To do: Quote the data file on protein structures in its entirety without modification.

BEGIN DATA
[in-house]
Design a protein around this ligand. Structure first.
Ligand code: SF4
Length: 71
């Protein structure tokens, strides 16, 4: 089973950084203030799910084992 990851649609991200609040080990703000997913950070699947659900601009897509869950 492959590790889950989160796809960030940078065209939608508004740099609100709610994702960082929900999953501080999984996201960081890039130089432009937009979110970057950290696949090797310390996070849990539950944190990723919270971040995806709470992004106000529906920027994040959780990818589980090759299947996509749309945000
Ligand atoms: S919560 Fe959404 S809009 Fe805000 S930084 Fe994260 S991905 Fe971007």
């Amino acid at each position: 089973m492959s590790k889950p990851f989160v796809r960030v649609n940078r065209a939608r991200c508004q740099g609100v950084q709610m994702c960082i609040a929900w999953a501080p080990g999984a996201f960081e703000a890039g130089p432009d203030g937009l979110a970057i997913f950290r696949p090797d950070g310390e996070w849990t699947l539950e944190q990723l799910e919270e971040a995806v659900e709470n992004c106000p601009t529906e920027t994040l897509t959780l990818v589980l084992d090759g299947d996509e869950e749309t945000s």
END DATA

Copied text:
[in-house]
Design a protein around this ligand. Structure first.
Ligand code: SF4
Length: 71
């Protein structure tokens, strides 16, 4: 089973950084203030799910084992 990851649609991200609040080990703000997913950070699947659900601009897509869950 492959590790889950989160796809960030940078065209939608508004740099609100709610994702960082929900999953501080999984996201960081890039130089432009937009979110970057950290696949090797310390996070849990539950944190990723919270971040995806709470992004106000529906920027994040959780990818589980090759299947996509749309945000
Ligand atoms: S919560 Fe959404 S809009 Fe805000 S930084 Fe994260 S991905 Fe971007």
């Amino acid at each position: 089973m492959s590790k889950p990851f989160v796809r960030v649609n940078r065209a939608r991200c508004q740099g609100v950084q709610m994702c960082i609040a929900w999953a501080p080990g999984a996201f960081e703000a890039g130089p432009d203030g937009l979110a970057i997913f950290r696949p090797d950070g310390e996070w849990t699947l539950e944190q990723l799910e919270e971040a995806v659900e709470n992004c106000p601009t529906e920027t994040l897509t959780l990818v589980l084992d090759g299947d996509e869950e749309t945000s």